"We feel absolutely confident that we can do that," Daniel told a conference call to discuss the company's latest quarterly results.
The B.C. government said last month the company must include "world-leading" plans to prevent and respond to a marine or land oil spill as well ensure aboriginal and treaty rights are addressed in order to win the province's support.
The province also wants to receive what it calls a "fair share" of the economic benefits that reflects the risk borne by the province.
The comments by the company came as it reported a second-quarter profit of $11 million or a penny per share on $5.72 billion in revenue, down sharply from $302 million or 40 cents per share on $6.94 billion in revenue a year ago due to unrealized losses on a hedging program.
Excluding one-time items, Enbridge reported an adjusted profit of $277 million or 36 cents per share, up from $258 million or 34 cents per share a year ago.
The average analyst estimate had been for 38 cents per share of adjusted earnings and $5.18 billion in revenue, according figures compiled by Thomson Reuters.
The company attributed the year-over-year improvement in adjusted earnings to increased contributions from its Canadian Mainline and Spearhead Pipeline, which benefited from strong volumes.
The gains were partially offset by lower earnings from Enbridge Gas New Brunswick and increased financing costs.
RBC Capital Markets analyst Robert Kwan, who rated Enbridge an "outperform" with average risk, said the results were roughly in line with expectations.
"The liquids pipelines and gas distribution segments were close to our estimates with modestly lower-than-forecast results from sponsored investments and higher corporate costs being mostly offset by better-than-expected results from gas pipelines, processing and energy services," Kwan wrote in a note to clients.
"We note that the earnings were boosted by the lumpy recognition of shipper make-up rights on Spearhead, the volatile Energy Services business and Aux Sable. Further, the Canadian Mainline and the Regional Oil Sands System results were negatively impacted by higher operating costs."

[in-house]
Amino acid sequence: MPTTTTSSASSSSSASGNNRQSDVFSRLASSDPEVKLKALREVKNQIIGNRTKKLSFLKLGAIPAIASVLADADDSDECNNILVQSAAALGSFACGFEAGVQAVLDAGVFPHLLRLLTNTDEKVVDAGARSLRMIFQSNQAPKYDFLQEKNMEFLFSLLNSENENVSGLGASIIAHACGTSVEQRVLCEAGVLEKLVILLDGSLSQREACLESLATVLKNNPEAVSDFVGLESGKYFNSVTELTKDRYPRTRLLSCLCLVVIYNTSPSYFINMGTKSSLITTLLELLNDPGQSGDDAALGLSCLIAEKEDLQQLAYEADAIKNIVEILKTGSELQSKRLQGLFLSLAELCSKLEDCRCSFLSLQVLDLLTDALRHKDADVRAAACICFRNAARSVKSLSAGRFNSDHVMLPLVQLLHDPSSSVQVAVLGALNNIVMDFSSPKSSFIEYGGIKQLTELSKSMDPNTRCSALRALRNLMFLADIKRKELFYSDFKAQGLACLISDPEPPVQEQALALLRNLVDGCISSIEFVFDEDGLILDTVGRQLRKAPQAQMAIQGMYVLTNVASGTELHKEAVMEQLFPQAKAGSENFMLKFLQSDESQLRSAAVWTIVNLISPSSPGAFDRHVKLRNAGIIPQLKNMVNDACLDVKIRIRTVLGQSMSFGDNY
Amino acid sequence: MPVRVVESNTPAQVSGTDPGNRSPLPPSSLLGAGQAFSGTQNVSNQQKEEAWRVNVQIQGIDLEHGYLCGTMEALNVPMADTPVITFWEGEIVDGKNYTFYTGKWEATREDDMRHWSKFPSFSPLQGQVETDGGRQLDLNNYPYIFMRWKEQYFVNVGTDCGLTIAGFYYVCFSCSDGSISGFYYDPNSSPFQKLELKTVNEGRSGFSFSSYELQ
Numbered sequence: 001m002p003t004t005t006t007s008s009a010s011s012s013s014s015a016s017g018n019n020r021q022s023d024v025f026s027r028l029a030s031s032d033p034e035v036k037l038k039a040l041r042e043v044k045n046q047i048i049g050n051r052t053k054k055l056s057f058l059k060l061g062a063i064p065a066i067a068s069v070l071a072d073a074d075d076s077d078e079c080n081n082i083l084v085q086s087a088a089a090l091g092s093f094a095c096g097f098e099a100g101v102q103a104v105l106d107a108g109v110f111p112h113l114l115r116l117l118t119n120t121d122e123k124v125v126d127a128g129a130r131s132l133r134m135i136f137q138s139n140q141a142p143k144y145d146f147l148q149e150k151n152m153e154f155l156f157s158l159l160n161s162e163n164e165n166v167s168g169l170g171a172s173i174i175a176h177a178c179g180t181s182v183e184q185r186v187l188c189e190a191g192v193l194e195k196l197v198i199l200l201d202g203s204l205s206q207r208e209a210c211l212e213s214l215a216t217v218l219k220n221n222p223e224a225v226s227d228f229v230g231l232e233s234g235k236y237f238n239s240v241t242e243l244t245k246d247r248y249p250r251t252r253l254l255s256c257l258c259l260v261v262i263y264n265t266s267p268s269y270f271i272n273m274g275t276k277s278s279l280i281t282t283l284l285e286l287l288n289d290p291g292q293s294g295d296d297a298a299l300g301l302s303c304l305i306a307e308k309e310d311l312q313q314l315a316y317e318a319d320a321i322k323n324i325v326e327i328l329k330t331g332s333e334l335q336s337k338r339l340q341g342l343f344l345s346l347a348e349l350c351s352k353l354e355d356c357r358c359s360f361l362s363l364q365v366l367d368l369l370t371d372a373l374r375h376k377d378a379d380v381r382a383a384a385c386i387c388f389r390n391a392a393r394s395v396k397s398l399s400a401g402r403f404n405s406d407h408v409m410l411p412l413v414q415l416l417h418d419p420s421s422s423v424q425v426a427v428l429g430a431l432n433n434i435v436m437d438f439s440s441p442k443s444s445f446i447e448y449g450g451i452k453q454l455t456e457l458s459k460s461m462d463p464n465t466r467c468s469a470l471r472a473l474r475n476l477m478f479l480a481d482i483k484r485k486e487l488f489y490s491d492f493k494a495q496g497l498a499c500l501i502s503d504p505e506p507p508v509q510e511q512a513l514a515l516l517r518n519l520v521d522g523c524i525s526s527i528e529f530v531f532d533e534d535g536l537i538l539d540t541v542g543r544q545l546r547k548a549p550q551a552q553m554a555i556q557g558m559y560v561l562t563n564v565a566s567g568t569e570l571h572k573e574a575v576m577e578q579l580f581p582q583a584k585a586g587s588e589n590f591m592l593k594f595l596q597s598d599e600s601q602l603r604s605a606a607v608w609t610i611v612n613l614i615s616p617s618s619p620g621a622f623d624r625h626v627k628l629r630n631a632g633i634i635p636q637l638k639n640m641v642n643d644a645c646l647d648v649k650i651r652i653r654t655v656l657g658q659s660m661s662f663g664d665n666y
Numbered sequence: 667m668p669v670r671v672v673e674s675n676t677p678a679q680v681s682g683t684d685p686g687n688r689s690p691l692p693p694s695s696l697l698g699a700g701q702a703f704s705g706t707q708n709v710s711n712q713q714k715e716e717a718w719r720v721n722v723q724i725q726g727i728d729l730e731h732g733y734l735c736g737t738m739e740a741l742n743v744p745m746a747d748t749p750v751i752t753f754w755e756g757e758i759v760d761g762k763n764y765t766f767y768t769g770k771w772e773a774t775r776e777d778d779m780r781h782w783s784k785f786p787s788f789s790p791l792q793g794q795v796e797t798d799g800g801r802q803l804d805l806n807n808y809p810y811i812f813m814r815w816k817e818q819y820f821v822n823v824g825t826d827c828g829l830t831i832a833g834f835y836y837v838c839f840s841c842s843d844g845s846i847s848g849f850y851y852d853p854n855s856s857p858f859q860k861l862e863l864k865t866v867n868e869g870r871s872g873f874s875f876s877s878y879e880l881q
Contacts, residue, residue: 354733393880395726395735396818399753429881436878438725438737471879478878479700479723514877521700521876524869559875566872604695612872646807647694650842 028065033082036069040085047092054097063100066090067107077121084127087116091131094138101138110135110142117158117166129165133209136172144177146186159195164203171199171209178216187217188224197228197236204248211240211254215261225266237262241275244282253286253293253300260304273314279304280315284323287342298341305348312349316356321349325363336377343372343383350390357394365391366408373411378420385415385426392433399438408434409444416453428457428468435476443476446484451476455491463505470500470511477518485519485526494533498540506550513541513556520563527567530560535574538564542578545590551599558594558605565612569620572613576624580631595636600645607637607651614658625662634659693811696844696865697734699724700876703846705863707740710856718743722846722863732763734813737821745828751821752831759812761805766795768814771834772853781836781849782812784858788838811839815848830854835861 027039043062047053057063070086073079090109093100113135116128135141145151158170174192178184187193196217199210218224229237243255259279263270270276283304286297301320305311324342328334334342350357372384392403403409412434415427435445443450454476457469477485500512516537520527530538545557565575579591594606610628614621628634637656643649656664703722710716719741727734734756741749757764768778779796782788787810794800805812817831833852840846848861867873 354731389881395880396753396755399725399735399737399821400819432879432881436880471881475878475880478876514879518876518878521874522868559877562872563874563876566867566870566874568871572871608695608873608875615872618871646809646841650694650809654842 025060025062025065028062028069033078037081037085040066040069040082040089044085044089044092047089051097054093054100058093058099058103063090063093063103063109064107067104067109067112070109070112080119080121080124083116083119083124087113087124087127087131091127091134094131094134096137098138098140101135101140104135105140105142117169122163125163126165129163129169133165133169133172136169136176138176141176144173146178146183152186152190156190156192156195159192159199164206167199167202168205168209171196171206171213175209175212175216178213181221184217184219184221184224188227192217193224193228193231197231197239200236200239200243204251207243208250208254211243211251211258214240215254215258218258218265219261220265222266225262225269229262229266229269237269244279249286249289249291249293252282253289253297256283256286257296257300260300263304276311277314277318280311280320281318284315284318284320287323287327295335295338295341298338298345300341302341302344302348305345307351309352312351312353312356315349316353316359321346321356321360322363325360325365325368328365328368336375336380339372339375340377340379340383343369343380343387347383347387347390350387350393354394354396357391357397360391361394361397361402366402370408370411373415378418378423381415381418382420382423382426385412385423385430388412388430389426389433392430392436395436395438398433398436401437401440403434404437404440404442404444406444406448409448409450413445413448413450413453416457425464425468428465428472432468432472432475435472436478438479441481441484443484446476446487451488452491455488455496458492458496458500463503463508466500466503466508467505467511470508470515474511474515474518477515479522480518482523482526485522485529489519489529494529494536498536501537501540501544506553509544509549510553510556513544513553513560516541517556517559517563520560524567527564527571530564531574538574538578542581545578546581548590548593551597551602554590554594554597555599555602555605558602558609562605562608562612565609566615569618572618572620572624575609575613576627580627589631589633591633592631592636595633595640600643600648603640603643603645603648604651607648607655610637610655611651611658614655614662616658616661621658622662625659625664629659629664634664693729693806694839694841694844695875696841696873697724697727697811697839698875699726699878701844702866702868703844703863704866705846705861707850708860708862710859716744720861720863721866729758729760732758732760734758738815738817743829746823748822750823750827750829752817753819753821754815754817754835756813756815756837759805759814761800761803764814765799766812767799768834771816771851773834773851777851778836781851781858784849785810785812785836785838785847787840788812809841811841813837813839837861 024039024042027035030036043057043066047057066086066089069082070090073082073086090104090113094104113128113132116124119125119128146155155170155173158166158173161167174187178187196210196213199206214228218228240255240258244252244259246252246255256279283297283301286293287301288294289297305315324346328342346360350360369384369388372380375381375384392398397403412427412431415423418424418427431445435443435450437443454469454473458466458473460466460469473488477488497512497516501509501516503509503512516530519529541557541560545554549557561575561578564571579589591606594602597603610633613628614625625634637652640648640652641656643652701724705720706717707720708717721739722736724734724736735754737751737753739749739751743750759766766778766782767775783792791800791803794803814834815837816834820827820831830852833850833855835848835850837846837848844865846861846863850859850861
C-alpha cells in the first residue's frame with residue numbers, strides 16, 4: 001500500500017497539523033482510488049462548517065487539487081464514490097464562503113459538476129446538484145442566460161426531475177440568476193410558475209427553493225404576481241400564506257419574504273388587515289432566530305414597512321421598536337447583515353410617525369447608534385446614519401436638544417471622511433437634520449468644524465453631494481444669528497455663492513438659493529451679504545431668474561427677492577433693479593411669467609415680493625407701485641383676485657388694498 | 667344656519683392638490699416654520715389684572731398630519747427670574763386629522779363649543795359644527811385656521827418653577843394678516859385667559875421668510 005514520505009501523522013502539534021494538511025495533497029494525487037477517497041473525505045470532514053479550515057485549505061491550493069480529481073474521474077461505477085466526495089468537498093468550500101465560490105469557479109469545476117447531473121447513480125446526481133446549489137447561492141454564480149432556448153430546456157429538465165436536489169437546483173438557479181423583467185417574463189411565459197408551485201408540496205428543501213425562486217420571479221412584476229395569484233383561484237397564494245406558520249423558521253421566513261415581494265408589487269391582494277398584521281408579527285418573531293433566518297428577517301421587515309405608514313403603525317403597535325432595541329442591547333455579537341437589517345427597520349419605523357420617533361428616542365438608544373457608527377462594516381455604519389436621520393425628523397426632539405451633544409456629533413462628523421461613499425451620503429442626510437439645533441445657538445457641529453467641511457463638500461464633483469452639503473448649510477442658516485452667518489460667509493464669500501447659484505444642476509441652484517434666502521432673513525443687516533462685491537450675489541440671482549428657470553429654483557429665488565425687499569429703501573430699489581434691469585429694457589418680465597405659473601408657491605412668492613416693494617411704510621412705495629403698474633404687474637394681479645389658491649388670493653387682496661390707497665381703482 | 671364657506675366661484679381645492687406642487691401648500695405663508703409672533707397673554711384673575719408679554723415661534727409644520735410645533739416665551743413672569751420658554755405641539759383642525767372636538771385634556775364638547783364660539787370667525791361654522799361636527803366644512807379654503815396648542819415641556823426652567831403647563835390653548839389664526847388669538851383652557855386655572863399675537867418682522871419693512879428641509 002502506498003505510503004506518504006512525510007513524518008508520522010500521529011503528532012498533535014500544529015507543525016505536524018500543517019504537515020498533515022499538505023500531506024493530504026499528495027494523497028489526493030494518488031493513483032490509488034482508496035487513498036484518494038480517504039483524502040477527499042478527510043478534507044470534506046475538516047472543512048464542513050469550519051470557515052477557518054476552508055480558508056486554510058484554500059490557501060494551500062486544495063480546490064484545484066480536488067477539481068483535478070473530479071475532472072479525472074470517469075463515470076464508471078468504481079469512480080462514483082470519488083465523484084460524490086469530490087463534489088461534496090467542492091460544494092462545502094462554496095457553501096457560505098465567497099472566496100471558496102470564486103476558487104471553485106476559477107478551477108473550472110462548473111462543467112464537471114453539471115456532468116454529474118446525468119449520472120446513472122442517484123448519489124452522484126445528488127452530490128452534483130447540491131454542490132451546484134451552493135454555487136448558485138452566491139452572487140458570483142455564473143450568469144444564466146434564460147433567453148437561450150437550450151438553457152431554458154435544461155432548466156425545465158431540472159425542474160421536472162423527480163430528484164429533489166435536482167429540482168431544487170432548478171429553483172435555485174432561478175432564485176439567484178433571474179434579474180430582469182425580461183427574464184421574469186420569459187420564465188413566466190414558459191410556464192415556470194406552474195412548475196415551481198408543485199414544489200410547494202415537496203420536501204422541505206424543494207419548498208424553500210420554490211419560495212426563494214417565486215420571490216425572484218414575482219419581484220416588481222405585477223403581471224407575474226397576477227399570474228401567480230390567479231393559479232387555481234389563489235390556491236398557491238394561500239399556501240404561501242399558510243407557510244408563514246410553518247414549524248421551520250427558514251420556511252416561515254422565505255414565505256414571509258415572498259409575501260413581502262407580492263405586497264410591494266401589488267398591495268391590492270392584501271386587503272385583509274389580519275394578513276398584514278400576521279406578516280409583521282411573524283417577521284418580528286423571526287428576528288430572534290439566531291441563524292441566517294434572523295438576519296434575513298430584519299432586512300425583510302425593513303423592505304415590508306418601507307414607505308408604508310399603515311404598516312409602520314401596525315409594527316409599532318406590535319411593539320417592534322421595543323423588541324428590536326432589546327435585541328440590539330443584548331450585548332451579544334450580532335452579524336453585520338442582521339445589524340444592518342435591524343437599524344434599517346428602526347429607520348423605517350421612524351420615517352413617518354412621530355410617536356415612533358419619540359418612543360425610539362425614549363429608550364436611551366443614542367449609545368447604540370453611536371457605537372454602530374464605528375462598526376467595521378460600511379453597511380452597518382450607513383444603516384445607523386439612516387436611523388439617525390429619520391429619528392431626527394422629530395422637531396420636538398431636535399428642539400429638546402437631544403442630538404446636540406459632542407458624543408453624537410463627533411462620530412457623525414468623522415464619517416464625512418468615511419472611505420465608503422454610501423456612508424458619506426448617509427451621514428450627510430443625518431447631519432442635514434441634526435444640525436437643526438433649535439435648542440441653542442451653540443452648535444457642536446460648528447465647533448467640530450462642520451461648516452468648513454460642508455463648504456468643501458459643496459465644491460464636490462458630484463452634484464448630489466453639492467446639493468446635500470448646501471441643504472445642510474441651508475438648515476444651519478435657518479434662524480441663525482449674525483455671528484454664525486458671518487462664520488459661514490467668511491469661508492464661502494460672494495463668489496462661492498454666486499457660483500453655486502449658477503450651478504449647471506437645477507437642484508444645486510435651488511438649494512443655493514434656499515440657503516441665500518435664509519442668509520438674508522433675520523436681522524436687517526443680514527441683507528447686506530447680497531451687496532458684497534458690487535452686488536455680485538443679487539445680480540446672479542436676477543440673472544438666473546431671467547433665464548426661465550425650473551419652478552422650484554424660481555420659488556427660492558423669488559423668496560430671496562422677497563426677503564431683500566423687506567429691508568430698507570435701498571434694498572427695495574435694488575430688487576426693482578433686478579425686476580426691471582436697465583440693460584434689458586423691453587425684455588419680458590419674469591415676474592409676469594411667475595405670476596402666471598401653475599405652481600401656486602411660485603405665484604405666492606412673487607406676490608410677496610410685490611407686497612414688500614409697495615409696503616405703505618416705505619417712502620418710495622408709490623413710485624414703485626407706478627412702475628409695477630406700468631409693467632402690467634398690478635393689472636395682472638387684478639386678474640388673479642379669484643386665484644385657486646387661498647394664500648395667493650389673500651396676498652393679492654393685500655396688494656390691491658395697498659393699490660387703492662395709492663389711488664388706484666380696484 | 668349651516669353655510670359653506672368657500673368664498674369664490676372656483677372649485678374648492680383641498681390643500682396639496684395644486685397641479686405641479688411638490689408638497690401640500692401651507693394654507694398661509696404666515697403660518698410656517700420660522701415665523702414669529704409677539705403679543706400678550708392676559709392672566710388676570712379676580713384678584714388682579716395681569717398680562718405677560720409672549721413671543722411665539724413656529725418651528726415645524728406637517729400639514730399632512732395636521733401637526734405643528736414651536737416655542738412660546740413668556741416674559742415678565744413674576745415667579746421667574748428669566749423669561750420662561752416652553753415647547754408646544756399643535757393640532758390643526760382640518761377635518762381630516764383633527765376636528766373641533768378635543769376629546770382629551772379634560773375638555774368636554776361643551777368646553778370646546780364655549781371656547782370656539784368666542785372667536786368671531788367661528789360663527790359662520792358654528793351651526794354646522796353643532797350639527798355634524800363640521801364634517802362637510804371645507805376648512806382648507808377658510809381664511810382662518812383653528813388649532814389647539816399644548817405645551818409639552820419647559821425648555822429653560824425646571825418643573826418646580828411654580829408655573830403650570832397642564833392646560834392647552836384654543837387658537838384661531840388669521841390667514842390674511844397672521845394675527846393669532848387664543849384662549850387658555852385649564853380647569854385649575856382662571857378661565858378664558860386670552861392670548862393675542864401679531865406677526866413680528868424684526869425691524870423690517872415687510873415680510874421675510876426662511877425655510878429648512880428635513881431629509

Calgary-based Enbridge (TSX:ENB) has faced scrutiny and criticism in recent days following a spill last week from its Line 14 pipeline running through Grand Marsh, Wisc., dumped roughly 1,200 barrels oil into a field that is part of the pipeline right-of-way.
The leak followed a recent report by the U.S. National Transportation Safety Board that likened Enbridge's handling of a spill two years ago in southern Michigan to that of the "Keystone Kops."
In that case, the ruptured pipeline spilled some three million litres of crude into wetlands, a creek and the Kalamazoo River.
Daniel said the company is learning from the spills and applying to lessons to improve its operations.
"Our ability to quickly detect and immediately respond to and contain the leak on Line 14 was critically important," he said.
Enbridge has met stiff resistance from First Nations groups and others over its plan to build the Northern Gateway pipeline between Alberta and the West Coast of British Columbia so that Canadian crude can be shipped overseas.
The company recently announced a slate of safety improvements, such as thicker pipe and better monitoring, that would push the $5.5-billion project's price tag up by $500 million.
Aboriginal groups, environmentalists and others are among the many critics to voice concern over what a spill on the pipeline, or from a tanker on the West Coast, could have on northern B.C. ecosystems.
A Joint Review Panel had been expected make a recommendation to the federal cabinet on the pipeline by the end of 2012, but a decision is now expected a year later due to the sheer volume of comments it must hear.
Enbridge shares were down 36 cents at $40.15 on the Toronto Stock Exchange on Thursday.
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